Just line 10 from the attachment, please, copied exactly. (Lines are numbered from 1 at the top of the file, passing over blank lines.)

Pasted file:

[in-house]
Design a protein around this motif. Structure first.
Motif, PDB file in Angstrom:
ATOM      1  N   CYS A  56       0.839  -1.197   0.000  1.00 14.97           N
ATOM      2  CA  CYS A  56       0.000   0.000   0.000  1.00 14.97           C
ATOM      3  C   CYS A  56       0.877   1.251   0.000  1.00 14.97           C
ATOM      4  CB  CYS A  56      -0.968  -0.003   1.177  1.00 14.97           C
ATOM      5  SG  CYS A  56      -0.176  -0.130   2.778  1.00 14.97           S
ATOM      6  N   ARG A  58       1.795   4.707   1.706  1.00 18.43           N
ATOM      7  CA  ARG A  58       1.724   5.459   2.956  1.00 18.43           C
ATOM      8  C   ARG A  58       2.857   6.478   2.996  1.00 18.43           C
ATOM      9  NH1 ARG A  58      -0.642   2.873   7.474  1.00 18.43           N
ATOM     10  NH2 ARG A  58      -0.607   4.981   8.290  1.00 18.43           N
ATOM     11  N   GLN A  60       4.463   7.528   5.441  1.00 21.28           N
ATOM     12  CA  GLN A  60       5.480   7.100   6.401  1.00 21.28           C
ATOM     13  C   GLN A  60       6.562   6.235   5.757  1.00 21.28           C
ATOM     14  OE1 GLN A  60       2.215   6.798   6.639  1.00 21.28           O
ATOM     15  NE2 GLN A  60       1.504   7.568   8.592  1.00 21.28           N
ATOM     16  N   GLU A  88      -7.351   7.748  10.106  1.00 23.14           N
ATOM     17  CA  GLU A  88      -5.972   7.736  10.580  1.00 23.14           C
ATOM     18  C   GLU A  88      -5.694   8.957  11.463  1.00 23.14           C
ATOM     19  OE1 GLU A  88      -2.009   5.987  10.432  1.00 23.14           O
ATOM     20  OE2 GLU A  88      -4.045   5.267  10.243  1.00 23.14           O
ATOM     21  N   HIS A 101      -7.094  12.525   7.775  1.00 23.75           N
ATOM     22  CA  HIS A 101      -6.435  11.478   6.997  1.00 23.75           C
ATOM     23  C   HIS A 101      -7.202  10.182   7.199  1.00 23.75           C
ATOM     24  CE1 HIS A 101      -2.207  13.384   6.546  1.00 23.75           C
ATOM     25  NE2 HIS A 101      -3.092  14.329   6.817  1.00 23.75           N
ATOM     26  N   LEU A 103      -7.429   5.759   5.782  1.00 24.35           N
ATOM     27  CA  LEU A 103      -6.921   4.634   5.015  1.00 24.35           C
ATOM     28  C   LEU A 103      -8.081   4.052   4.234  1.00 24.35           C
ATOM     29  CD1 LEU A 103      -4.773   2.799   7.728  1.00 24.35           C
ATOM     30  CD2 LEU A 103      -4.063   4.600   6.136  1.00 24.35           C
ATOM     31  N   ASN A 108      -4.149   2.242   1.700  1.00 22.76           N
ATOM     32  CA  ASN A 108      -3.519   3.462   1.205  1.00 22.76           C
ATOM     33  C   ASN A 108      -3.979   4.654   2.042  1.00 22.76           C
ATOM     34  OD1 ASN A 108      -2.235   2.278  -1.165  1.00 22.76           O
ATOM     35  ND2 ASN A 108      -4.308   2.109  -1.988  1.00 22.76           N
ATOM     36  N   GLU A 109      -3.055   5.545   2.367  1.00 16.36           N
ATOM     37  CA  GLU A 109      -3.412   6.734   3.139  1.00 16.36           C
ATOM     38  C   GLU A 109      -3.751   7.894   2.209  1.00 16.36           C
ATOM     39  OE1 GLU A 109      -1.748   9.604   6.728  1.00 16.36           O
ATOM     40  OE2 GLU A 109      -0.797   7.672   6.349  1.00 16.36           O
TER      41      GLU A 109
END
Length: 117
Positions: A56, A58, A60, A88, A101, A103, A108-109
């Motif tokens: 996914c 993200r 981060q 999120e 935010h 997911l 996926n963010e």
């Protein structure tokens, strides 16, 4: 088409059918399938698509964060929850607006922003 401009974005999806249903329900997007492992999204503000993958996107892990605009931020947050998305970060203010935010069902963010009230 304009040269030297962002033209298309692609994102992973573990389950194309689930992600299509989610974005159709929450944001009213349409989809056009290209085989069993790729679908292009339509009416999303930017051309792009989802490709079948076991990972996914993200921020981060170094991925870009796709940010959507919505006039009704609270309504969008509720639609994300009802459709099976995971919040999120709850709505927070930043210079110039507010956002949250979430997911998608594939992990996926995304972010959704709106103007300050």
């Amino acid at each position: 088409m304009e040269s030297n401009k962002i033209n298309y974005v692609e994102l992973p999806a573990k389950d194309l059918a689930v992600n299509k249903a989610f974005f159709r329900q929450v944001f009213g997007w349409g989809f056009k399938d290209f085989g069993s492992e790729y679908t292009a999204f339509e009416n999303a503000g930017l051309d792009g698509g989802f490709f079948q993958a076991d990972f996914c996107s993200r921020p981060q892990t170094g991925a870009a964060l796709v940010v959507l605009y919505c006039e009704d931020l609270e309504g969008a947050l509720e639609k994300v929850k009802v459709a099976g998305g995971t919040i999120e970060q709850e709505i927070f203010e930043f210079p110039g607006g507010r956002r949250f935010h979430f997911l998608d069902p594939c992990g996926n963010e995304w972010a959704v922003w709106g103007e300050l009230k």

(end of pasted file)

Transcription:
ATOM      7  CA  ARG A  58       1.724   5.459   2.956  1.00 18.43           C